Weakness is a door for returning to our true, unconditioned, baby-like nature (zhende 真德, yuande). But weakness itself is not a type of fruition we seek. The idea of nurturing weakness arose because aggressive intentions preclude subtlety, cover up sensitivity, and obscure awareness. Focus is aggressive. Focus limits responsiveness. Weakness is a way of keeping options open.
In the early debates between Buddhists and Daoists, both advocated for a kind of potency. Buddhists argued that a focused mind could be used to break through to clarity, and Daoists countered that clarity was self-arising.
Daoists also argue that strength is self-arising. In fact, I have become an advocate of self-arising strength. The problems with strength all come from putting intent into the muscles. If strength is limited to the physical body, the power of the void will be less accessible. If this sounds mystical, bring it up with Rory Miller, he is saying similar things. It isn't mystical, it is the way our bodies work when we drop aggression.
In order to develop coordination and self-healing, many people find it beneficial to develop the ability to feel every part of the inside of their body. This is okay, as long as those senses do not become hardened. The reality is that the inside of our bodies cannot be felt directly, the true feelings are defuse and confusing. That's why babies need to wiggle their arms and legs for many months before they actually gain control of them. It is a process of linking up the imagination with felt experience and visual perception. All that is a function of the imagination, and it should stay imagination, flexible and dynamic. The interior of the body should not become some hardened notion of truth. When our imagination becomes hardened truth, Daoists call that death (or the birth of a ghost).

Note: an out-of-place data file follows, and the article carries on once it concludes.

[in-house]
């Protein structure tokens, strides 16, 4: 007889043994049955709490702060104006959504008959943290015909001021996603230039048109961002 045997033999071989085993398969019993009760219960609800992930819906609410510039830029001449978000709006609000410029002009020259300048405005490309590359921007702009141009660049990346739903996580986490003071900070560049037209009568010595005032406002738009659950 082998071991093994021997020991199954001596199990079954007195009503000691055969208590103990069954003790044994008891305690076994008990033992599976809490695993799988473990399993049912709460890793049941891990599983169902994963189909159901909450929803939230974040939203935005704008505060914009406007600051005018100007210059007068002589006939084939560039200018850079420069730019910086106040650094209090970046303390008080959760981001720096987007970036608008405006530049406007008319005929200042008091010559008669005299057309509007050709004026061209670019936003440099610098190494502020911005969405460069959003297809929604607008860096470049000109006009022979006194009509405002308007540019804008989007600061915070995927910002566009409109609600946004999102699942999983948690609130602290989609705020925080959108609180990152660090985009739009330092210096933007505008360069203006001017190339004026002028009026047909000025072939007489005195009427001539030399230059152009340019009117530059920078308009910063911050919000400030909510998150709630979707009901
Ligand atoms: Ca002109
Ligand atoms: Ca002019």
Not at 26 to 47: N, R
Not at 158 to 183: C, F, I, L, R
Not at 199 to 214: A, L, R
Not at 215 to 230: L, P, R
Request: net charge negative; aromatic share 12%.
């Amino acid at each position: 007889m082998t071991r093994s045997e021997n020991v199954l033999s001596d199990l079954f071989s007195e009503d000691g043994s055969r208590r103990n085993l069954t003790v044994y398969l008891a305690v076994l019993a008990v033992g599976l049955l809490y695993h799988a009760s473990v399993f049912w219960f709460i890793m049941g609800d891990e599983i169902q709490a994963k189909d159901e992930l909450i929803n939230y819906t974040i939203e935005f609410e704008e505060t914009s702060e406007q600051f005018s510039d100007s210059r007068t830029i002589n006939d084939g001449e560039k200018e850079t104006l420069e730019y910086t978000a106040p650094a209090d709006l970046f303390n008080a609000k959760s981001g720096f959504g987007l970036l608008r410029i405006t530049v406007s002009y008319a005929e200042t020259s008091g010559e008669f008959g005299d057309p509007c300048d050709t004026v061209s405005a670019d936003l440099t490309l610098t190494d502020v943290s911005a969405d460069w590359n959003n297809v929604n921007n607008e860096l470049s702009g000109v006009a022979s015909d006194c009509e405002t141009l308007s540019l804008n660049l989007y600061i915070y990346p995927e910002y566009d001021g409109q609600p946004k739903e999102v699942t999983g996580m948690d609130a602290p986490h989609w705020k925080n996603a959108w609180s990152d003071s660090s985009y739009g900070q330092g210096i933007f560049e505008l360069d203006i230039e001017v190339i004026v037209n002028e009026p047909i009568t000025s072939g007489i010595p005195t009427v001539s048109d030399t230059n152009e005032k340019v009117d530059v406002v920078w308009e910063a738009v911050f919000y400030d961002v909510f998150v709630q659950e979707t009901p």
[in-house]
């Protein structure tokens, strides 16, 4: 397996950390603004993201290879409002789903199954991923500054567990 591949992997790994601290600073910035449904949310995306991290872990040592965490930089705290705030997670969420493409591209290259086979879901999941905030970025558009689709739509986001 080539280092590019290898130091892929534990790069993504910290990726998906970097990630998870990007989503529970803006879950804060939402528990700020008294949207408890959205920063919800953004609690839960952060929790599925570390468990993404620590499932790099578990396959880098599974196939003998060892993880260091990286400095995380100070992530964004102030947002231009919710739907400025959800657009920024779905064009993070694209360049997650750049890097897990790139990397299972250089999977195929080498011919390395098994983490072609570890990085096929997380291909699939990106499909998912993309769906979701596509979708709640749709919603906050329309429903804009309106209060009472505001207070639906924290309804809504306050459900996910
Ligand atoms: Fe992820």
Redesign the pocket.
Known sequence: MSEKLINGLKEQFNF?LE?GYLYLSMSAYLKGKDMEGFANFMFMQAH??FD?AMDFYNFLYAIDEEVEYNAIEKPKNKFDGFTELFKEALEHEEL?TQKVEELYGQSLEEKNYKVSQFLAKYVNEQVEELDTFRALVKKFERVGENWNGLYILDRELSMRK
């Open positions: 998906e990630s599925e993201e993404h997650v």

A key concept of internal martial arts is the idea that the body can feel hollowed out. This is called tong, sometimes translated "through." It is the type of emptiness that allows a flute to produce sound, a hollowness that goes all the way through. I am an advocate of any type of strength which supports the experience of tong.
At some point, I noticed that students who do not have much tone in their biceps have trouble keeping their shoulders tong. This led to my own experiments, and now I advocate keeping the biceps toned all the time as a way of keeping the shoulders tong. Relaxation is fine as long as the biceps remain toned. Another way people lose tong, is by pushing their shoulders down, this destroys the open space and commits the arms to a line of power. This is probably the biggest structural error in the world of martial arts. It is very common. People with this training will have to pass through a period of feeling weak before they can establish actual strength with tong. I used to think this period of weakness needed to last months or years, but that was a hook without a worm for most people. I have since figured out that students can replace strength with shapes of empty vanity by flexing their biceps all the time. By this method one can drastically cut the time it takes to develop tong shoulders. The key is that strength must stay in the imagination, the biceps must not be used to carry. If a student picks up a weapon, they must imagine that it is part of their body, not something they are carrying.
So weakening into the void means recognizing the emptiness of all strength, and cultivating it. The mind does not go into the muscles. The mind must remain unfocussed and without limitation. Plastic. The mind goes into the void.
Naturally, acting skill works the same way. Strength or image which is committed to the body becomes permanent character. Theatricality can be built either around a profound change in a person's character, or around a character who refuses to change even while everything around them is changing. In either case, the actor does not want to become a permanent character, acting skill is the ability to take on new characters and imagine dynamic worlds for them... Acting requires being weak and unconditioned enough to allow strength to be self-arising. Daoists call this pacing the void (步虛 buxu).
Here is a diagram for the ritual from Michael Saso's website: